BY MARCO POGGIO
City Council Speaker Melissa Mark-Viverito and other elected officials announced Tuesday an agreement with the developers of the controversial waterfront project called Astoria Cove to include 27 percent of affordable housing, the highest rate ever reached in the city’s history.
The pact between the City Council and Alma Realty, was reached after a ping-ponged negotiation that began last April and carried on in a heated political climate in City Hall.
“It is really an historic moment for the City Council,” Mark-Viverito said, singling out Queens Councilman Costa Constantinides for special praise in hammering out the agreement.
“We are proud to reach this goal by passing this historic agreement,” Constantinides said amid applause.
When the project was announced in 2013, the developer offered to build only 10 percent of affordable units. But with the mediation of the de Blasio administration and the elected officials, including Queens Borough President Melinda Katz, it was pushed up to 20 percent.
At that point, Constantinides thought he could ask for more. After months of talks and political skirmish, the Council reached the final deal with John Mavroudis, a top negotiator for Alma Realty.
The negotiation was also successful in guaranteeing a fully unionized workforce both during and after construction.
The 2.2-million-square-foot complex on the banks of the East River will include a public school, a library and a park.
A brand new ferry landing will create a waterside access to neighborhood, currently underserved by public transportation, and will help it connect to Manhattan, Long Island City and Brooklyn.
The deal struck by the City Council marks the first time a development is mandated by law to provide permanent affordable units, in a moment in which the city has a record homeless population of 60,000.
Over 460 units at Astoria Cove will be affordable.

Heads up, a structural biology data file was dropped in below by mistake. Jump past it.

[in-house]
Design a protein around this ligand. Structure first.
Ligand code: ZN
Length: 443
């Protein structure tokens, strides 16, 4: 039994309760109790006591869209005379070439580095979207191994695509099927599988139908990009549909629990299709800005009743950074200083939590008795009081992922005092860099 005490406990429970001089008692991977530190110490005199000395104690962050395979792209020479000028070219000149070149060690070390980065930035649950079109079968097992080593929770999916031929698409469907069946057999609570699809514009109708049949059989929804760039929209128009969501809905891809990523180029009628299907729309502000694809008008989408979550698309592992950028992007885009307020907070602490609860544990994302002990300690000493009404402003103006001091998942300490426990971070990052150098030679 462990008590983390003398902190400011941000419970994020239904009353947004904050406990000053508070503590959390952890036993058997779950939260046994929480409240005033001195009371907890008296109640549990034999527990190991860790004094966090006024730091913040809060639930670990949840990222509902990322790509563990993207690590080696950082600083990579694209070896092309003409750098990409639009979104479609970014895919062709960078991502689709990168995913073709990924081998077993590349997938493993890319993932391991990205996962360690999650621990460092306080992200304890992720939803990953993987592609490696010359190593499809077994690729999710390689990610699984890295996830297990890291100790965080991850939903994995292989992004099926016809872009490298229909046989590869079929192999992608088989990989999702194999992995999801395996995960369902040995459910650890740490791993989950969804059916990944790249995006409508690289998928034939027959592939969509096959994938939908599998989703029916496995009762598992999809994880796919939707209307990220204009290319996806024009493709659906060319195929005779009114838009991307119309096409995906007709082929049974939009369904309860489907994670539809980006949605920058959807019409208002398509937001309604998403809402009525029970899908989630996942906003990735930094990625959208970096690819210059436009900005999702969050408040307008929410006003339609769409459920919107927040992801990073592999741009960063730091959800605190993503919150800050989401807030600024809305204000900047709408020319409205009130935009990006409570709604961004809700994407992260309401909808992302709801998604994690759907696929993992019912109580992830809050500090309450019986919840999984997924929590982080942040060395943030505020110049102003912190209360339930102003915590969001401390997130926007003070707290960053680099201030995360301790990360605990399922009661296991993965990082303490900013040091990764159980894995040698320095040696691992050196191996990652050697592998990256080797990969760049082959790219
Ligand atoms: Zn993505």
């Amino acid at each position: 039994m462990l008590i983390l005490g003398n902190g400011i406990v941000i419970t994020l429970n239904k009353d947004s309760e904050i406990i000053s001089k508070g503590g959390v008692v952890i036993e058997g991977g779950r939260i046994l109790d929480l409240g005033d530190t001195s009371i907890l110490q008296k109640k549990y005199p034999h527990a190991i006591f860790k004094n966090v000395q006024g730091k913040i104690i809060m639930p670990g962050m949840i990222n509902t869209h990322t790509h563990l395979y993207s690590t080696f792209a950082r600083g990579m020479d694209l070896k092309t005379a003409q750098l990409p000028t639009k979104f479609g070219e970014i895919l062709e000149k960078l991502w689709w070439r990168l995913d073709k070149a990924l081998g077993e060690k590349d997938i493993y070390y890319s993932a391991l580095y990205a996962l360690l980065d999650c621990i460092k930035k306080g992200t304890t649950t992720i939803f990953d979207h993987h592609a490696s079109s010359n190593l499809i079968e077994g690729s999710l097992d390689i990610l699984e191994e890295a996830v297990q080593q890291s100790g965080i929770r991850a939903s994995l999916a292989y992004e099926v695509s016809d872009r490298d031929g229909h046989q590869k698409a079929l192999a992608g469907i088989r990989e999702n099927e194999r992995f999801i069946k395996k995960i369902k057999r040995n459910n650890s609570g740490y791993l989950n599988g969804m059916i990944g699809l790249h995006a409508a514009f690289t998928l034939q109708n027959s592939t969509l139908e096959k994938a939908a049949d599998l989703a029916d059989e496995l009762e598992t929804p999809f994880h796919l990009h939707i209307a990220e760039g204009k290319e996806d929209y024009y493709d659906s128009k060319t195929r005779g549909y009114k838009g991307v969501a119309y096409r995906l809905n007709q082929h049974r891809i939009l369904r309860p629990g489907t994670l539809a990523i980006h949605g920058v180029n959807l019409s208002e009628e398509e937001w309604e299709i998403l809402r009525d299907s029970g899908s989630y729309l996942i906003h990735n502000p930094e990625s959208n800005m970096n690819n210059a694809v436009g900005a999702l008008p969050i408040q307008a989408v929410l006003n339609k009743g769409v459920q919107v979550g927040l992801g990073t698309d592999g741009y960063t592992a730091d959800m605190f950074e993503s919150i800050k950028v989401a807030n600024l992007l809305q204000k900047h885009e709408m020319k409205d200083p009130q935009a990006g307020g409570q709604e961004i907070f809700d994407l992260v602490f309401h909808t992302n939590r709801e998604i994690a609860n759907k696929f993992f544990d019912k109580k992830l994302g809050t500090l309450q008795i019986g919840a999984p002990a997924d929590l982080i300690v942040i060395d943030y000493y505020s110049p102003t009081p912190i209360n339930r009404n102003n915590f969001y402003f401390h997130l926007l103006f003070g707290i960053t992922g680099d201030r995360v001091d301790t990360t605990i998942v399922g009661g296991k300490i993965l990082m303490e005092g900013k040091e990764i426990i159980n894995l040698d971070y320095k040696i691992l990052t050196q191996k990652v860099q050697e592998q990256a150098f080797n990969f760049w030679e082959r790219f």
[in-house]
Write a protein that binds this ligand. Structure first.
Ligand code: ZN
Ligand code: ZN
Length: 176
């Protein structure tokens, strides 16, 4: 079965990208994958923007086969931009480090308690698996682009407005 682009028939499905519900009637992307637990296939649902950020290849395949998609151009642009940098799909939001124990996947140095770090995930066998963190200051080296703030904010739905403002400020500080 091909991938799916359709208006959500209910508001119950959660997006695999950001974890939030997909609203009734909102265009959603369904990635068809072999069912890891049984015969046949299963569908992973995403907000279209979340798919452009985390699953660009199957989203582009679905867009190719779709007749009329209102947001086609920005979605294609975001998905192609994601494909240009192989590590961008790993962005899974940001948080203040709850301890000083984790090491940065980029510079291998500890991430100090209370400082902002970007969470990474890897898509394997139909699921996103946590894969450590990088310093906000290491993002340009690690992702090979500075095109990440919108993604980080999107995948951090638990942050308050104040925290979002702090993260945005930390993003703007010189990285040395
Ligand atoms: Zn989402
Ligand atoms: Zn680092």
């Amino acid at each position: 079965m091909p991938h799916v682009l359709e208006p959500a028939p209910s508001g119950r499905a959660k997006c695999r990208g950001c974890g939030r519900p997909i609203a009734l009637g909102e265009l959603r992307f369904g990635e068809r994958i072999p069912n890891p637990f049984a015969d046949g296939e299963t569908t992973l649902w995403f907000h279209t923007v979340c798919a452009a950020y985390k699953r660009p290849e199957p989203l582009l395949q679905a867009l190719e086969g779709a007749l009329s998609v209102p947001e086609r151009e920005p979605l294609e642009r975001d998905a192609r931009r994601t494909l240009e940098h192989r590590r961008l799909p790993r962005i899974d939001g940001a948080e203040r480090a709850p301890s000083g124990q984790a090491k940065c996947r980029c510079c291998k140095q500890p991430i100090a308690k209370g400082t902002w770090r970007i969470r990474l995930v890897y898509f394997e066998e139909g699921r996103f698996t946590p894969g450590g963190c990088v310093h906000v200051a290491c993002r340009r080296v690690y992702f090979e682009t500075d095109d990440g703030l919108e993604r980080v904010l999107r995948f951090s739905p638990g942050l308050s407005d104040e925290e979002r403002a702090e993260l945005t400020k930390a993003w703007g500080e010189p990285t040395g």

Five percent of the development will be set aside for tenants whose income is 60 percent of the Area Median Income ¾roughly $50,000 a year, who will pay rates around $800 a month.
Fifteen percent of the units will be reserved for families making 80 percent of the AMI, corresponding to nearly $67,000 a year, whose rent will touch $1,200 a month.
The remaining 7 percent of the units will be rented for $1,800 a month to families earning 125 percent of the AMI, which translates to a $105,000 yearly income.
Although Astoria Cove represents a step forward in the implementation of affordable housing policies, criticism about affordability around the city has not deflated.
“Twenty-seven percent isn’t really going to help,” said Yonah Lieberman, a community organizer with Metropolitan Council on Housing, a tenant union that formed in 1959 and has since been on the line for tenant rights.
“We know we can build 50 percent affordable, and we can build union,” Lieberman told the Brooklyn News Service, criticizing Deputy Mayor for Housing and Economic Development Alicia Glen.
Last September, at a time when negotiations with Alma Realty were in full blast, Glen expressed concerns that pushing for 50 percent of affordability could have jeopardized the chance for any kind of deal.
In the case of Astoria Cove, the negotiation for the 27 percent of affordability felt already like a real gamble.
“It’s not an easy thing to do,” City Council Member Mark Weprin, Zoning and Franchises Committee chairman said about the agreement.
“I know there are people out there saying ‘It should be more’,” Weprin said, “I’m telling you: if we push for more we might as well get nothing. That’s how close we came on this.”
The formulation of affordability, however, is far from being impeccable.
The federal government set the AMI for New York City for a family of four at $84,000, a threshold that many residents and advocates say does not reflect the actual median income of the less affluent communities across the five boroughs.
Community District One, which includes Astoria, has a median household income just shy of $51,000 for a family of four, according to an estimate made by the U.S. Census Bureau.
The AMI calculation currently take into consideration income levels of the entire metropolitan area of New York City, which includes the most affluent neighborhoods in Manhattan and Brooklyn, as well as wealthy areas in Long Island.
In recent times, however, the City Council has discussed the possibility to recalculate the AMI based on the income of specific districts, a move that has been warmly received by housing rights advocates.
“We need to rethink the way we define affordable,” Lieberman said. “Eighty-four thousand is a ton of money.”
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